SAVOY — “The last time I drove that car more than 50 miles was in 1964,” Russ Mowry said, gazing at a bright yellow 1959 Elva Courier racecar parked on the grass in front of Spearfish Canyon Lodge Tuesday afternoon. The 70-year-old Vietnam veteran, retired helicopter pilot, amateur racecar driver and legendary pinstriper has logged some 2,500 miles on the car since July, when he left his New Hampshire home on to retrace a journey he took in the same car 50 years ago.

Mowry and the Elva are parked in the Black Hills this week to pinstripe bikes during the Sturgis Motorcycle Rally, something he’s done for 17 years. And here we find our time traveler some 1,200 miles from his goal … well, one of his goals. There’s more to this trip than mileage and memories.

“For the last 10 years I’ve been thinking about this year,” Mowry said. “It being a sentimental journey for me is nice, but I wanted to assign a higher purpose to it.”

Mowry’s retracing his steps to raise money for the Intrepid Fallen Heroes Fund; a non-profit dedicated to supporting U.S. combat veterans of Iraq and Afghanistan suffering from traumatic brain injuries. Those who donate are encouraged to sign the red racing stripe running down the center of Mowry’s rare British roadster, one of no more than 50 known to exist in the U.S.

In 1963 a 19-year-old Mowry rolled into the Black Hills in a four-year-old Elva Courier. He’d just paid off the little roadster, which his father bought him when he graduated high school. He came by way of Canada, where he ventured after watching Graham Hill take the podium at Watkins Glen for the 1963 American Grand Prix. Mowry left the Hills bound for California, cutting through Wyoming, Idaho and Nevada.

“It was the first time I left the house,” Mowry said. “For 19 years old, on his own for two-and-a-half weeks, it was quite an adventure.”

Mowry sold his beloved Elva in 1964 when he enrolled in school to become a teacher, thinking a Volkswagen Beetle would make a better college car. It was a mistake Mowry couldn’t shake from his head until 2001, when he located and rebought the exact same Elva, albeit in poor shape.

“When I found it it was a complete abandoned wreck. So I bought it back and I built it as a vintage racer, but I drive it on the street, too,” Mowry said. “I’ve raced it at Sebring, Lime Rock, Watkins Glen — but having that car on the 50th anniversary, 50 years out of the first time I did it (his cross-country trip), it’s a no-brainer to do it again.”

Like Mowry himself, the Elva has changed. One of the biggest differences is the car’s lack of a windshield, which Mowry ditched while lightening the car as much as possible to give it a competitive edge in wheel-to-wheel vintage racing. These race-spec changes to the Elva have made Mowry’s second cross-country journey behind the wheel a bit more visceral.

“It’s not unlike riding a motorcycle: not having cruise control, not having a radio, not having all the creature comforts that cars have now, not to mention no windshield and no roof and just getting beat up all day long. But there have been many moments where I’m just sitting there going, ‘this is just absolutely the coolest thing I could possibly be doing,’” Mowry said with a smile. “It’s not a casual activity to drive that car, I mean, you have to be on top it all the time. It’s not comfortable, but I’m not uncomfortable in it. I’ve been passed by state troopers three or four times — no windshield, no roof, a roll bar — obviously it’s a race car, but they’ve not bothered me.”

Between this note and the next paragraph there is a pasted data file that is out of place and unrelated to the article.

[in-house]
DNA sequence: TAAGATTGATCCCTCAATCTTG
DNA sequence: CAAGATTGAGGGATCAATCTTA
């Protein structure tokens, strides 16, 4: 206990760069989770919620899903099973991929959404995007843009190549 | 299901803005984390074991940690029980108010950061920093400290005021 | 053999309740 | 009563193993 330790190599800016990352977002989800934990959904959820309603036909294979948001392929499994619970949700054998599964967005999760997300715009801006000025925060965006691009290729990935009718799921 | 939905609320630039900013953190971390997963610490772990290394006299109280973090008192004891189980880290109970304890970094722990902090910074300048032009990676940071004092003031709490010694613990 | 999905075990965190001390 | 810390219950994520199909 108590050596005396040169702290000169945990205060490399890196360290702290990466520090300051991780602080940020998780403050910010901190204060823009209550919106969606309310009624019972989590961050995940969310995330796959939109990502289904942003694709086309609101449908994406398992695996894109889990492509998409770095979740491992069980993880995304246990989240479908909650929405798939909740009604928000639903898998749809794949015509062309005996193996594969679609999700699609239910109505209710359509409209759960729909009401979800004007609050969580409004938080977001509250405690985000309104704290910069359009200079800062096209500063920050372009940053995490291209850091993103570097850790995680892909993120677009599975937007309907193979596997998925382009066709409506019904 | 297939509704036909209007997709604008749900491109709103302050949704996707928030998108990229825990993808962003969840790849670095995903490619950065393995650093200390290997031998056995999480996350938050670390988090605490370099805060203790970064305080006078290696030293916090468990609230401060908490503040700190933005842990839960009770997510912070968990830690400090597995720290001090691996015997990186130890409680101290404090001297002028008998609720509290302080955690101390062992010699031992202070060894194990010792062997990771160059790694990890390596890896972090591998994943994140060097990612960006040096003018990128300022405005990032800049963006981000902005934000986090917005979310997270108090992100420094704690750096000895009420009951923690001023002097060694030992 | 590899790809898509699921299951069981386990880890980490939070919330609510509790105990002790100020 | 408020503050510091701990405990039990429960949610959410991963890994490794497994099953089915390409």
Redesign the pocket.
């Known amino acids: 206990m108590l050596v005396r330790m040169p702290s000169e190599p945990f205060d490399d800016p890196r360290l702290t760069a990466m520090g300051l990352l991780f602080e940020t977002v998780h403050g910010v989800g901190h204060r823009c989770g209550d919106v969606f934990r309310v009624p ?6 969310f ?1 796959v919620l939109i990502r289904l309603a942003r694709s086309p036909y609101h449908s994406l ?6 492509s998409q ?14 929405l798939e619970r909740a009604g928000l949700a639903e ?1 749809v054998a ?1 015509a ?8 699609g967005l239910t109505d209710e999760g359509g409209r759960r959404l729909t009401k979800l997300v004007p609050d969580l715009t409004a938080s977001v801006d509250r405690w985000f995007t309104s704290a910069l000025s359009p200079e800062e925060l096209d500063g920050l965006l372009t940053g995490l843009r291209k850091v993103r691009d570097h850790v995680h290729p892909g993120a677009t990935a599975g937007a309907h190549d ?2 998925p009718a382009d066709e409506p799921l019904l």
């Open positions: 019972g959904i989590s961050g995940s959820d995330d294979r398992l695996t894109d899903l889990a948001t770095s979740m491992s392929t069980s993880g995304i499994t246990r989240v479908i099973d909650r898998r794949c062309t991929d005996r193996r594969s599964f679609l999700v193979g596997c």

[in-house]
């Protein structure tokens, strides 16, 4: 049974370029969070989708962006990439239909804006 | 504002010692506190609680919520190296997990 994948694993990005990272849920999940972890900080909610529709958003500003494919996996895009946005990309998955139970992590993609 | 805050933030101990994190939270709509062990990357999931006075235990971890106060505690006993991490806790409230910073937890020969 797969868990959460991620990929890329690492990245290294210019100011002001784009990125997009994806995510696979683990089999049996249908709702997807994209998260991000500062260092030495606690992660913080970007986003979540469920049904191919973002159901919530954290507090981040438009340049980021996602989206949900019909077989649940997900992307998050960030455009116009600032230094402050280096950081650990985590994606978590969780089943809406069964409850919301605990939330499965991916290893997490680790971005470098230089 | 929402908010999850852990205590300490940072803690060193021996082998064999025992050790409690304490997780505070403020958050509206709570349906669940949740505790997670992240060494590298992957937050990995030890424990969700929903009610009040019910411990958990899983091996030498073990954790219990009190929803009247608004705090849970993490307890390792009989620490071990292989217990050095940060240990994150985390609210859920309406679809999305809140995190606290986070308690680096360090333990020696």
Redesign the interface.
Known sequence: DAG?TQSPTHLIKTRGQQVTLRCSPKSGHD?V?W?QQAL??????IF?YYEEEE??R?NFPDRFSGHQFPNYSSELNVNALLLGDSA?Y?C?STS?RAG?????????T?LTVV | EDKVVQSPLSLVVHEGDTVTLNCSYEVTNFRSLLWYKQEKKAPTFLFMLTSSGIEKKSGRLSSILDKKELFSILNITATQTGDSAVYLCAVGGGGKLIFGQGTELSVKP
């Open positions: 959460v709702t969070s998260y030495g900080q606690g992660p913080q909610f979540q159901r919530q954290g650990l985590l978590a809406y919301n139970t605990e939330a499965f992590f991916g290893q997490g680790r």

Mowry said he thought he’d have to be lifted out of his little English roadster at the end of every day, but one of the things that makes the car impractical for road use, its five gallon fuel tank, ended up a saving grace for Mowry’s back. Both he and the Elva get a break about every 100 miles. The two old friends have experienced no problems on the trip thus far, and the driver assumes that if the car made it 1,200 miles without incident, it’ll make it all the way.

“These two trips have been the bookends of the library of my life. Because, at 70 years old … not that it’s over, but, the bigger part of my life is bracketed by these two trips,” Mowry said. “My wife is grounding me after this trip.”

Mrs. Mowry is set to join her vagabond artist huband today, and the two of them will pull the rest of the miles in the Elva together, finally reaching Monterey, California, where Mowry will push the car to its limits on the legendary twists of Laguna Seca Raceway at the annual Monterey Historic Motorsports Reunion – a fitting end to a journey that began at Watkins Glen some 50 years ago.

Those looking to make a donation to the Intrepid Fallen Heroes Fund — or looking to have their bike striped by Pinstripe Legends’ 2013 Lifetime Achievement Award recipient — can find Mowry and his Elva hanging out in front of the Spearfish Canyon Lodge at Savoy till Saturday.


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